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Play Ball!


Tue, Jun 6th, 2000
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Monday, May 29, 2000

Outside the old St. Mane Theatre in downtown Lanes-boro, the sweet strains of the Count Baise and Duke Ellington orchestras float through the warm evening air. Even before entering the theatre, you know you are about to be taken back to another time and another place.

The time is the postwar 1940ís, when the USA was a sharply divided country, deeply segregated along ra-cial lines. White America had its Major League Baseball and Black America had what was then called the Negro Leagues. This is the setting for the Commonweal Theatreís newest play, Most Valuable Player.

It was Jackie Robinson who finally broke the color barrier in professional baseball and in his first season with the Brooklyn Dodgers played so superbly, in spite of constant harassment, taunts and even death threats, that he was named Rookie of the Year. The play unfolds as a series of snapshots and flashbacks that cover the gamut of Robinsonís career; from his California childhood to the end of the 19 season, when he won the Most Valuable Player Award in the National League.

Guiesseppe Jones, a New York actor making his first appearance on the Lanesboro stage, plays the leading role of Jackie Robinson. Jones quickly establishes himself as a likeable guy weíre going to be pulling for. He plays Jackie with just the right blend of defi-ance and grace. Wherever Jackie goes from the sandlot ballfields of his childhood to the big league stadiums of the 1940ís, hostility and hate are there to greet him. When Jackie gets called up to the Dodgers, some of his fellow teammates start a petition to keep him off the team. Rival ballplayers and racist fans jeer and mock him unmercifully. For strength Jackie repeats the mantra, the quiet affirmation, that his older brother gave him: "Iím a Robinson and Rob-insonís donít give up".

The four other actors who make up the cast, all newcomers to the Commonweal Stage, turn in some fine solid performances. Nicholas Ozment is the far-sighted progressive baseball owner, Branch Rickey who recruits Robinson. Ozment nurtures both Robinsonís talent and fighting spirit with compassion and understanding.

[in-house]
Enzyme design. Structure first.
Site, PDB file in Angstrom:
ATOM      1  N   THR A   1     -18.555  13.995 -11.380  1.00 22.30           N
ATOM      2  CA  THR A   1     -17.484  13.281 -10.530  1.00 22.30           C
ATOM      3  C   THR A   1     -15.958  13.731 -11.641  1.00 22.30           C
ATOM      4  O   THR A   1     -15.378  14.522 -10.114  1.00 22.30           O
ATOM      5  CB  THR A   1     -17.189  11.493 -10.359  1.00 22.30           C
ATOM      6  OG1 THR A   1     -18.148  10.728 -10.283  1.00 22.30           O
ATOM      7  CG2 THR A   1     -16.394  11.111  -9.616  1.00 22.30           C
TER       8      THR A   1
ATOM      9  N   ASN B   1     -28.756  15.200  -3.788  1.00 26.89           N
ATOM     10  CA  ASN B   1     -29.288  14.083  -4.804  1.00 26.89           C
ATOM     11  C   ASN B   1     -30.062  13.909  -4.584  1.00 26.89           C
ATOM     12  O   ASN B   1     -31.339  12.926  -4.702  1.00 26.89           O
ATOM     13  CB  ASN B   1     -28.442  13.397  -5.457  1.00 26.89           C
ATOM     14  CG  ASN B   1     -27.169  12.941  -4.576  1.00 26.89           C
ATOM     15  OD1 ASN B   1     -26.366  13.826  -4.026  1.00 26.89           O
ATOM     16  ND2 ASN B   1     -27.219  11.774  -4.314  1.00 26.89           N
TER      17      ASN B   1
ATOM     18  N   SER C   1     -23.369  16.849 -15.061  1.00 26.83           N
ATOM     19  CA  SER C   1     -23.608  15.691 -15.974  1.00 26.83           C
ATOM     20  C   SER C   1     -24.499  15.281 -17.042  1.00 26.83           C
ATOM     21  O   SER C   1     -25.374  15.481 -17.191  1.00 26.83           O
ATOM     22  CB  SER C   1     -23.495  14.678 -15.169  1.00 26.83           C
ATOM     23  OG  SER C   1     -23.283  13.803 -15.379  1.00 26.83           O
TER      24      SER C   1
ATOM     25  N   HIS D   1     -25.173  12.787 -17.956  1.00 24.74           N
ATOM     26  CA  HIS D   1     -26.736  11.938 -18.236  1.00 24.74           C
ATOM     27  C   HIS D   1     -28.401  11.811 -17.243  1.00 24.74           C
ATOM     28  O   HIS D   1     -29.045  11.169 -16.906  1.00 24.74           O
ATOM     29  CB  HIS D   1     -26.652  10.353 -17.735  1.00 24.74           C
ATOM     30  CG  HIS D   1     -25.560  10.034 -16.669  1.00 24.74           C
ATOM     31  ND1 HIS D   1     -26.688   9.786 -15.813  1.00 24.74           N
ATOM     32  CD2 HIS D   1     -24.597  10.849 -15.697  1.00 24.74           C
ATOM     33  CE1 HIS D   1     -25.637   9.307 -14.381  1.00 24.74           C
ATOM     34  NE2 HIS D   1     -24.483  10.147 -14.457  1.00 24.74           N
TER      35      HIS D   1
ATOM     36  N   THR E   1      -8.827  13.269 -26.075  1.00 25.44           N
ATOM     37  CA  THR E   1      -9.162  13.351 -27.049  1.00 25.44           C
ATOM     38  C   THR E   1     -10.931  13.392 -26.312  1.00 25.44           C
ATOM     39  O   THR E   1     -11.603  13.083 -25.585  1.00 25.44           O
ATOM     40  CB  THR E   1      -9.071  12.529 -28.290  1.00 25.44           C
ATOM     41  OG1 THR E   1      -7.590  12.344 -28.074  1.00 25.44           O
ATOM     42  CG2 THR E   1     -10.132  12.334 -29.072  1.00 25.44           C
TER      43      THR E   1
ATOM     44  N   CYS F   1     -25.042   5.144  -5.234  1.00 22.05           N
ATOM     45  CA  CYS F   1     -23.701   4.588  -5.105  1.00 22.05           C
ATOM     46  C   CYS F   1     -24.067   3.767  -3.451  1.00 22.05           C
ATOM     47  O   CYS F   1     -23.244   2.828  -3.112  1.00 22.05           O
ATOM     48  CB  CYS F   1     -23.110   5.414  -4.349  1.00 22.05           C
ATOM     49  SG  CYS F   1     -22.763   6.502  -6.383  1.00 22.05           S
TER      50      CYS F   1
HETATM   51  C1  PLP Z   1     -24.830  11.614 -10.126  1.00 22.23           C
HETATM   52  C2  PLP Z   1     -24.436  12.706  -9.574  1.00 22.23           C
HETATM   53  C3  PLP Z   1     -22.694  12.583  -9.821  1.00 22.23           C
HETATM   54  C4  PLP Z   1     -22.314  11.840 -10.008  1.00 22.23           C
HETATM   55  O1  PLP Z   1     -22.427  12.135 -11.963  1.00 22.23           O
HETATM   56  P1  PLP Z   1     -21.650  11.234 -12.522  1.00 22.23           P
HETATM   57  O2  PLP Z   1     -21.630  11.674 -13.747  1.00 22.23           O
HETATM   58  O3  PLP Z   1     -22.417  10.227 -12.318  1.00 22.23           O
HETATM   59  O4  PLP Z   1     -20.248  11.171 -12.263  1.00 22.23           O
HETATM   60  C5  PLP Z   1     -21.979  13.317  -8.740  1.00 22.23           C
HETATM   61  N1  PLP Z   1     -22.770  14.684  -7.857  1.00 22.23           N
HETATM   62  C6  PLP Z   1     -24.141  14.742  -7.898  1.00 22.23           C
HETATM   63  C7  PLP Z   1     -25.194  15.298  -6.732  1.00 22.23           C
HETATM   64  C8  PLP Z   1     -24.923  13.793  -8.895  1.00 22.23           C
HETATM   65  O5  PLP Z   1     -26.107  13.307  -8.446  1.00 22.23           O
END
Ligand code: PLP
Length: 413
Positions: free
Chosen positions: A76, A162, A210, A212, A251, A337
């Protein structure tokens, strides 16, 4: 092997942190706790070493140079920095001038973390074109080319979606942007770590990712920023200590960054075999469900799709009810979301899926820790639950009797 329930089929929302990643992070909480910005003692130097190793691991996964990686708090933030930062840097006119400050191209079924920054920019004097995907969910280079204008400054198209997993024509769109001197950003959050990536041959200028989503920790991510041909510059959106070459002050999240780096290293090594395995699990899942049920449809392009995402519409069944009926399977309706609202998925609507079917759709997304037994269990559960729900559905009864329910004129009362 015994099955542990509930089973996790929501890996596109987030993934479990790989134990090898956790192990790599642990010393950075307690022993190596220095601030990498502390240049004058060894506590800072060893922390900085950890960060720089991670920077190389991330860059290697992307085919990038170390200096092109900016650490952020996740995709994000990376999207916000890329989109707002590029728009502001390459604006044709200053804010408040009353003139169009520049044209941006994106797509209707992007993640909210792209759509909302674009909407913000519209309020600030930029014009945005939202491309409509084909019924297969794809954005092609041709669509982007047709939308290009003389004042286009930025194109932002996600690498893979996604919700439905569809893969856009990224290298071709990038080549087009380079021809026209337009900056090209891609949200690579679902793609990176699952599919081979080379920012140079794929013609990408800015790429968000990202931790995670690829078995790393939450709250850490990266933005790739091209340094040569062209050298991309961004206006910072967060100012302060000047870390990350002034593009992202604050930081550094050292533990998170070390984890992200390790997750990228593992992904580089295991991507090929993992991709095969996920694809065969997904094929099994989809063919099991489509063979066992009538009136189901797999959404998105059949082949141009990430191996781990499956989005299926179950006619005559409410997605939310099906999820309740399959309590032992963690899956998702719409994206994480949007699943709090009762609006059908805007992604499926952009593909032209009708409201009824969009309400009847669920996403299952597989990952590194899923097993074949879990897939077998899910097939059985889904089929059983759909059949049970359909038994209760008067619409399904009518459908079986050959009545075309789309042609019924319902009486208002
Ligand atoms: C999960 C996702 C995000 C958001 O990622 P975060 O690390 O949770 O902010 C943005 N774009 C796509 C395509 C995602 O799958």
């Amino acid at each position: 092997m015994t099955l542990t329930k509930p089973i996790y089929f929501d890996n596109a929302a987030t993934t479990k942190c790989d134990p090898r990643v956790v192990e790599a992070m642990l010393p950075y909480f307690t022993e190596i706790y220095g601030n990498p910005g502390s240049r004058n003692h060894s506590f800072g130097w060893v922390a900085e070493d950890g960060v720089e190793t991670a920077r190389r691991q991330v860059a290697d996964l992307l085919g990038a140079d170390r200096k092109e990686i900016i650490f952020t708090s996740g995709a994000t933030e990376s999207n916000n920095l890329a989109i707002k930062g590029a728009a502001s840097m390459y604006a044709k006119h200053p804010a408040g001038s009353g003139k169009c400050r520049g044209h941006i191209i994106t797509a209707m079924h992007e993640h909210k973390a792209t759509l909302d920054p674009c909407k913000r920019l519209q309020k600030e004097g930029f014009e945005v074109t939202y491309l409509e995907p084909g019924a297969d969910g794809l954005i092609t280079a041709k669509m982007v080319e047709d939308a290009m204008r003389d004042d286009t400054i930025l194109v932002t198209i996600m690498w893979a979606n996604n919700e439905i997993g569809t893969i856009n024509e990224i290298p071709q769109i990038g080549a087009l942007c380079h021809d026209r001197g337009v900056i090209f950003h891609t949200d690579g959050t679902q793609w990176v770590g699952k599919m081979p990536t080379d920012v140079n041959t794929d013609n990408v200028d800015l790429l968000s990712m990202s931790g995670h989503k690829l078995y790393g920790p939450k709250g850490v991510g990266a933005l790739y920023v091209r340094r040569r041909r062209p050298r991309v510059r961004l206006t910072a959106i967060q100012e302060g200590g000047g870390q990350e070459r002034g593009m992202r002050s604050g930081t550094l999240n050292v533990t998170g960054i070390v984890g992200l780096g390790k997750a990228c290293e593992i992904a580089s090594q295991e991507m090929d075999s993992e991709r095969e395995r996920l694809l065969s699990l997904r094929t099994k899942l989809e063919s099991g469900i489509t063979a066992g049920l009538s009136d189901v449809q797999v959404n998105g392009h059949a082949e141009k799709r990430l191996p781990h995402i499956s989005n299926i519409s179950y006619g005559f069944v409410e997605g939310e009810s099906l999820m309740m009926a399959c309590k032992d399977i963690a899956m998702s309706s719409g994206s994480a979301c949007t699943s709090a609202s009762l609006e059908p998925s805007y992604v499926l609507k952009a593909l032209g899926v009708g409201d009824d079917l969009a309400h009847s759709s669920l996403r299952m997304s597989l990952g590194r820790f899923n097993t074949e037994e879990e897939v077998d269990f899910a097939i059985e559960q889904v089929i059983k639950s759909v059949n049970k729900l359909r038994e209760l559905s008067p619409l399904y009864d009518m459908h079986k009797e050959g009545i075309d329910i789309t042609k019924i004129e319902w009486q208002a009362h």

Torsten Hillhouse plays PeeWee Reese, Robinsonís buddy and double-play partner, with verve and gusto. Mark Baer is Jackieís nemesis, an opposing pitcher who is a bigoted redneck without shame. And then thereís June Christy Burch, playing a BBC journalist who is a bit befuddled by the complicated game of American baseball.

These are just the headline roles, for all four actors play several other smaller parts, giving each one of them a chance to show the di-mensions of their craft.

Commonweal veteran Kristin Underwood, who this past winter played the leading role in Ibsenís Lady from the Sea directs Most Valuable Player. She told the Journal that her first professional job fifteen years ago was in a production of Most Valuable Player. "Although the play was created primarily for young audiences," Underwood said, "it has toured worldwide to audiences of all ages and has a powerful message for anyone, anywhere."

Underwood went on to say that she isnít sure why the Jackie Robinson story speaks so powerfully to her, as she hasnít ever experienced the overt prejudice that Robinson did. "I crumble when I think that one person might not like me," she said. "How could anyone stand a stadium full of fans spewing hate, and not only stand it but excel? It's almost more than I can imagine. I think this play reminds us of the real meaning of courage and strength."

Most Valuable Player will play Tuesdays and Fridays at 8:00 pm and Sundays at 2:00 pm through September 3.

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